When it comes to professional sports, bowling may not be the first to come to mind.
However, this sport has been around for centuries and has evolved into a lucrative career for skilled bowlers.
Many people may wonder how much professional bowlers make, and the answer may surprise them.
While not as high as top earners in other sports, professional bowlers can still make a decent living through various income streams such as prize money and sponsorships.
The golden age of bowling may have been in the 1960s and 1970s, but professional bowling still offers a means of income for those who are skilled enough. The best bowlers can earn upwards of $250,000 to $300,000 a year, with some even investing in bowling centers for added income.
However, the amount of money professional bowlers make is influenced by various factors such as their skill level and the number of tournaments they participate in.
This article will delve deeper into the history and evolution of professional bowling and explore the average yearly salary of pro bowlers, along with the top earners and the additional sources of income they rely on.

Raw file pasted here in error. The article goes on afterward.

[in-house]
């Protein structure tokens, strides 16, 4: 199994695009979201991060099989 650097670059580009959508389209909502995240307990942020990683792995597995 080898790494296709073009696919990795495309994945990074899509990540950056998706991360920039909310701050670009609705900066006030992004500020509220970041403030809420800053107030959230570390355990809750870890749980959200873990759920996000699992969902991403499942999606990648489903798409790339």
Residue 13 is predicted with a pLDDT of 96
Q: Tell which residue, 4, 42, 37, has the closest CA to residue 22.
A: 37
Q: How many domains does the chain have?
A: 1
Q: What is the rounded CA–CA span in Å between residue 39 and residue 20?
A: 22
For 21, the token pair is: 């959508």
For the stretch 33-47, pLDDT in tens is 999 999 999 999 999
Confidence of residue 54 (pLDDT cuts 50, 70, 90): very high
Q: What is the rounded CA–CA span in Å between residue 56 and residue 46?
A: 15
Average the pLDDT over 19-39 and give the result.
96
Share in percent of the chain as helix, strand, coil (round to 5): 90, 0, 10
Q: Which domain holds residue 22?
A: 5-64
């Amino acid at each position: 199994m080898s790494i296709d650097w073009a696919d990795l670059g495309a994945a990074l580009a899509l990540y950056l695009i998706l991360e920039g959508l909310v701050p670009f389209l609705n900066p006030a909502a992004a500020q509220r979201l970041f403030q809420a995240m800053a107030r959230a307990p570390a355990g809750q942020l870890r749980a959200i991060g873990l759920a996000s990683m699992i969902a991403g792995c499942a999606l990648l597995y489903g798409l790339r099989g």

Professional Bowler Salary Overview
In terms of salary, professional bowlers are independent contractors who primarily cover their own expenses, but can still earn a decent living through various revenue streams facilitated by the PBA Tour.
The average yearly salary for a PBA member is around $45,000 to $50,000, while top bowlers can make around $250,000 to $300,000 a year on average.
These top earners often have professional bowler endorsements and other sponsorships that provide added cash or free bowling accessories for practice and PBA Tour play.
However, the COVID-19 pandemic has had a significant impact on professional bowling earnings.
With tournaments being canceled or postponed, many bowlers have missed out on potential prize money and sponsorships.
Despite this, some top bowlers like Kyle Troup have still managed to set PBA earning records, with Troup earning $496,900 prior to the first of September in 2020.
Overall, professional bowlers can still make a decent living, but their earnings depend on their success in tournaments, sponsorships, and other revenue streams.
History and Evolution
The historical background and transformation of the professional bowling industry have had a significant impact on the earning potential of top-level bowlers.
In the 1960s and 1970s, professional bowling reached its peak, with millions of viewers tuning in to watch the sport on television.